Israel imprisoning mothers and wives of political prisoners

Kawthar Nofal told PNN that Israeli intelligence has taken to arresting the mothers and wivers of Palestinian political prisoners in order to extract confessions.

Nofal, known as Umm Said for her eldest son, said that the idea is to threaten the prisoners by harming their loved ones. Israeli intelligence wants information, and will take what they can get, real or fabricated, the northwestern West Bank woman said candidly on Saturday.

“They arrested me from inside my house after the arrest of others in my family, and immediately took me to Jalama Prison so that my captive son, Said, could see that they had me.”

Now out of prison, Umm Said, continued, “I was subjected to two hours of interrogation tied to a chair with my feet and hands bound in chains without mercy or compassion.”

The woman said, “Intelligence officers told me that that I would be kept in prison and so would the men in my family. But I answered with confidence and pride. I said, ‘Jail is not only inhabited by men and I do not fear for my children.’”

She described further assaults on her family. “My husband is sick and in need of care. And they bring a patient to the prison.”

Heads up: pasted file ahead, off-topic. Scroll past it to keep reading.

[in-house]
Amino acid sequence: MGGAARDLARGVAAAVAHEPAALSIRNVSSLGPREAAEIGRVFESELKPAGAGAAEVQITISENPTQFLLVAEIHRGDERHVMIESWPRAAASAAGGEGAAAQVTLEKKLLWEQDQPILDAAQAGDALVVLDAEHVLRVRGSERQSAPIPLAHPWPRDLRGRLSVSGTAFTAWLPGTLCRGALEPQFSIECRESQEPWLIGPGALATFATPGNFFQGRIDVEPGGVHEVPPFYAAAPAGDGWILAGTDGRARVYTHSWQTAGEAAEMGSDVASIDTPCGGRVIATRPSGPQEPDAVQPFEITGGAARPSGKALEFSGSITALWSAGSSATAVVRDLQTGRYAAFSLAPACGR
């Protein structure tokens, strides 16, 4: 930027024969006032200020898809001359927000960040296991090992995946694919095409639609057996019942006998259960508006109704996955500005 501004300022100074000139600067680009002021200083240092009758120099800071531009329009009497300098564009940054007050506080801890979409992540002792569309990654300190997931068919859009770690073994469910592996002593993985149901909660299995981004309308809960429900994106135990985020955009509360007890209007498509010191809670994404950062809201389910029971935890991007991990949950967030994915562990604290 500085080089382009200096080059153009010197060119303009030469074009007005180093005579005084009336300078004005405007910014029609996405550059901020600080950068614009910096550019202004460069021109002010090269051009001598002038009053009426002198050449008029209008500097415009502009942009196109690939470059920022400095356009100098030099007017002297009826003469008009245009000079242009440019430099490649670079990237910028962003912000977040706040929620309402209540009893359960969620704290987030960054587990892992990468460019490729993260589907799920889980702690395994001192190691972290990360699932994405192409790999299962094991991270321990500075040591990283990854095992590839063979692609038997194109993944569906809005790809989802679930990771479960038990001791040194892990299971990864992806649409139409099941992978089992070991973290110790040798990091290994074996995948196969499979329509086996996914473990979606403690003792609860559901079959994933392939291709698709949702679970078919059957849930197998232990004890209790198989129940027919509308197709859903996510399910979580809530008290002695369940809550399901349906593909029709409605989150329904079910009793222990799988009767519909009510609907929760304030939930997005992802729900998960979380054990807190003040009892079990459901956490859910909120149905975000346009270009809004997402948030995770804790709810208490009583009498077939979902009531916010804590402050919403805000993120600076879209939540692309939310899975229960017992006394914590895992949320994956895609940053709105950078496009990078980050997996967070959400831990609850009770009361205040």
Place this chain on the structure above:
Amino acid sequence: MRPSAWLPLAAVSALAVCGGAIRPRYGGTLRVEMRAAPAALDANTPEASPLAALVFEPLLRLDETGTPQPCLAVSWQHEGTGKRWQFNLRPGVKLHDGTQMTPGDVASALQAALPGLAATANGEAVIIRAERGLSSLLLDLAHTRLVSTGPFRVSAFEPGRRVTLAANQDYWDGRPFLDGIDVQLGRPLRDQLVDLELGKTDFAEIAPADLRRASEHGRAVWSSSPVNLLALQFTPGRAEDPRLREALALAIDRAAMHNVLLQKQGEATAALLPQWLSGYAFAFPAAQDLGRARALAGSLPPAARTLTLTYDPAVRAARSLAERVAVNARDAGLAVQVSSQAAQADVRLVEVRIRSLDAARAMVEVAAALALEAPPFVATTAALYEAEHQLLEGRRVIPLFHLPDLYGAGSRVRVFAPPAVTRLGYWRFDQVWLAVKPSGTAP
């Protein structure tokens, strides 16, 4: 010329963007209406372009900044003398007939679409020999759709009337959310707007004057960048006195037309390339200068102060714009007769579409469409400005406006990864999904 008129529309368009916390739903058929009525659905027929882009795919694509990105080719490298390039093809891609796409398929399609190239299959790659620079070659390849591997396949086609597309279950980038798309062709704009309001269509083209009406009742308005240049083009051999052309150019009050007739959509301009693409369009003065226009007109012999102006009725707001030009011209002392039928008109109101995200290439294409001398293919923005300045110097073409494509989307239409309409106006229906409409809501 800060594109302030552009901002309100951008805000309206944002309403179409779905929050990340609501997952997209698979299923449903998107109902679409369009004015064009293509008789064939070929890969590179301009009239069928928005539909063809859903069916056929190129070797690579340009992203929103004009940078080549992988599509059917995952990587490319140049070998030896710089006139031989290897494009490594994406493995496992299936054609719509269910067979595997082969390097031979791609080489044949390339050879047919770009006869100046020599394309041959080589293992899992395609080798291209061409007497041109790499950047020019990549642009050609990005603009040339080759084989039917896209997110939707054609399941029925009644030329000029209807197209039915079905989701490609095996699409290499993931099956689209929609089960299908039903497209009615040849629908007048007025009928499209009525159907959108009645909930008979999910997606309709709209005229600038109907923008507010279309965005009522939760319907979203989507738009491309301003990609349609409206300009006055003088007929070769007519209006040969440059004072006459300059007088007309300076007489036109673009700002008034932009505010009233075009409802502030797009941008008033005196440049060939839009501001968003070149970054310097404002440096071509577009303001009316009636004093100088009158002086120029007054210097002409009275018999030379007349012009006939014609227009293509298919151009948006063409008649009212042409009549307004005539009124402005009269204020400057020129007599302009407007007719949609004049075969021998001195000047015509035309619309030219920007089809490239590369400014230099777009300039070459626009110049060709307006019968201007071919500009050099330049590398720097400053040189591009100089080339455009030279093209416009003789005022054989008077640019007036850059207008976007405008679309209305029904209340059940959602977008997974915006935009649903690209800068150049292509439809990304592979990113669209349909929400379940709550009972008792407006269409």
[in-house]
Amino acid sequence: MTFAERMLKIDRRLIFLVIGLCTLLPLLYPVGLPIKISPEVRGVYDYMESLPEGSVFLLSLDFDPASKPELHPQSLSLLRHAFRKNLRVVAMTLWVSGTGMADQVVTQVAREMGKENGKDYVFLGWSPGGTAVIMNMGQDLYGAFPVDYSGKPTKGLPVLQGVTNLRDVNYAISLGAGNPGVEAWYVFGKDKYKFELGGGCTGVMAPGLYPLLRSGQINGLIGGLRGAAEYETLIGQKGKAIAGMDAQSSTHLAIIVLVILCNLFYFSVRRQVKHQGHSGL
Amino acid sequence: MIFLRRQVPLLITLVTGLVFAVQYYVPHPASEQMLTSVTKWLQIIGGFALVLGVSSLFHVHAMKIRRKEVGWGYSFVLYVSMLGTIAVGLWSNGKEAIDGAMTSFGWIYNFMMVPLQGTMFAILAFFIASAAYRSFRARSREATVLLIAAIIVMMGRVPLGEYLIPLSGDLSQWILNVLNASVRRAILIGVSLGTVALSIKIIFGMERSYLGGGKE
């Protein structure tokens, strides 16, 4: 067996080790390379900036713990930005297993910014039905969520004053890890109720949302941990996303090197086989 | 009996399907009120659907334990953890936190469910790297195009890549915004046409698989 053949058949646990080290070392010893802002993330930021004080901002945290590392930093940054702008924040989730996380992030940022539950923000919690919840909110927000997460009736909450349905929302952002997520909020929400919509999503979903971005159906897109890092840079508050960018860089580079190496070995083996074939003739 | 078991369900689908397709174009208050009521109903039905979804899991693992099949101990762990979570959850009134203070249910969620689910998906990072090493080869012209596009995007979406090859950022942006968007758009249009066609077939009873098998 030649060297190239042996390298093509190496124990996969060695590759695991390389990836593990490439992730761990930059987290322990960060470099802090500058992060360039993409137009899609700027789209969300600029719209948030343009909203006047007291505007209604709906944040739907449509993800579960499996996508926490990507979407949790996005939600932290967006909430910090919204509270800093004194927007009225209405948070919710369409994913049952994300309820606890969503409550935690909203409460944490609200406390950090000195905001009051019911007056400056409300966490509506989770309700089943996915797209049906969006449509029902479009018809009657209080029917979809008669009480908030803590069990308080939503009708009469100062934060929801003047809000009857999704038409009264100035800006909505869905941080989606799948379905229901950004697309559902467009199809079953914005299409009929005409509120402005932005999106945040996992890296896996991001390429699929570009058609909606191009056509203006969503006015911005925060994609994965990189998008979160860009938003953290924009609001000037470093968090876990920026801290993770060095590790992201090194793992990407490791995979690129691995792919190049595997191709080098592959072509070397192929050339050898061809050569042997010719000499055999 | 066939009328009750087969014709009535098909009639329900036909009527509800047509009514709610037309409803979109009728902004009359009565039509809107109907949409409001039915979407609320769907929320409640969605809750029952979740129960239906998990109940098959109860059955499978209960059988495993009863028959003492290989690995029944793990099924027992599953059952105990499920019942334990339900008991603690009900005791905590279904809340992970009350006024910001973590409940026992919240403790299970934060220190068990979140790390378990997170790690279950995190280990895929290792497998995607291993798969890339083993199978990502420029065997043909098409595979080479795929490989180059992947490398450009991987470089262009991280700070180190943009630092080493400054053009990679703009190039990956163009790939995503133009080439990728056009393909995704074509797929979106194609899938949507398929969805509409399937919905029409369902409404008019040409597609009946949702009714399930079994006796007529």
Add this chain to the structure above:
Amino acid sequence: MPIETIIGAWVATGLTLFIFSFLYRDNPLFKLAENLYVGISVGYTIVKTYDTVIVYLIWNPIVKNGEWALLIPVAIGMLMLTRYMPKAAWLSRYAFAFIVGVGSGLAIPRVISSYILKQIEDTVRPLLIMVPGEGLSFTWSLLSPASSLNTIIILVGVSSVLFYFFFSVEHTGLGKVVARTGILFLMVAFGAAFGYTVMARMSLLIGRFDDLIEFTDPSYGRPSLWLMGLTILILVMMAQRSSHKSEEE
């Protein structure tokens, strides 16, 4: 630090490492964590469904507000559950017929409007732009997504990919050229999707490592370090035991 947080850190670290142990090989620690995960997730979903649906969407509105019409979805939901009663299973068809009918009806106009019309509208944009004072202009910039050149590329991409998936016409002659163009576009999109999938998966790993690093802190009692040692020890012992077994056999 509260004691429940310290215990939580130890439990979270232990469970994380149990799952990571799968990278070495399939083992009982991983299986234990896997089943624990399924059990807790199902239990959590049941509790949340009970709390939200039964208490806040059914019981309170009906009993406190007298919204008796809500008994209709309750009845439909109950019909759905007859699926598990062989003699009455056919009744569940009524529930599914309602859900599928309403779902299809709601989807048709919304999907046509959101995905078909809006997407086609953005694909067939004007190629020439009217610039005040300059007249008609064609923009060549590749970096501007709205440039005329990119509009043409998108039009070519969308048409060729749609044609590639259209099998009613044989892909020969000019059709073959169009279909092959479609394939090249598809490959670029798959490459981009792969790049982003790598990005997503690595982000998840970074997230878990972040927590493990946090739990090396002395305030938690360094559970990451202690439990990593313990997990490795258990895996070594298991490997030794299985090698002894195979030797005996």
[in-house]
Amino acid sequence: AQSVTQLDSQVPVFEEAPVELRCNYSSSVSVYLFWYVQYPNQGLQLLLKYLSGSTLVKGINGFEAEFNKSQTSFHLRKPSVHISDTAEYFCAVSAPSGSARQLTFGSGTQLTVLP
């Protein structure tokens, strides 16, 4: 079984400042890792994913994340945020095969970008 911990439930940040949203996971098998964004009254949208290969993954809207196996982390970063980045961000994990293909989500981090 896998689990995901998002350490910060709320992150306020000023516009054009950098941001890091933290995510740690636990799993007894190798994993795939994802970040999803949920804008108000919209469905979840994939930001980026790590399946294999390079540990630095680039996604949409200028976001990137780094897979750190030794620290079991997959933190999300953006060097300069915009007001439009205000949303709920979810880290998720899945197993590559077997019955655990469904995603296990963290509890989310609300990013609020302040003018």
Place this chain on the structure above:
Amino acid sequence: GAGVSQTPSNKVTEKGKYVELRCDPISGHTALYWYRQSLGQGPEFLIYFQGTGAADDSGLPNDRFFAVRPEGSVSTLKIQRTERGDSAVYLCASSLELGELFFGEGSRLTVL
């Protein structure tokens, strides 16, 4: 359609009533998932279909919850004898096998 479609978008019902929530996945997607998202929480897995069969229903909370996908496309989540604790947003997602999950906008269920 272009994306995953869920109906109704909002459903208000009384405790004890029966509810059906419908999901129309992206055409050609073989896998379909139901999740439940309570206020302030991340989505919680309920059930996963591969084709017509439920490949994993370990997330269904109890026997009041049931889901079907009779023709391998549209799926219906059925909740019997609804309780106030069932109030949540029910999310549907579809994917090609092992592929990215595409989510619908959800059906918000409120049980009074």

Umm Said said that the threat was for the future as well. “They said that I would not be able to visit my children in the prisons and if I did I would be watched and monitored, subjected to other things.”

The Qaliqilia mother described the conditions of Jalama Prison built on Jenin lands in the northern West Bank. “The cell was so narrow. After two days one came and asked me if was still alive. I told him that I live with the Lord and pray to God while in the cell. ‘I am not alone as you think,’ I told him. He was angered and walked away.”

Umm Said described the moments before she was released from the Israeli prison. “Hours before the release I fainted, lost consciousness fully. And I woke up in the prison infirmary after my blood pressure fell due to the poor conditions in the cell and during the times of interrogation. After I was released they continued to pressure my family who have lived harsh weeks in the cells of Jalama.”
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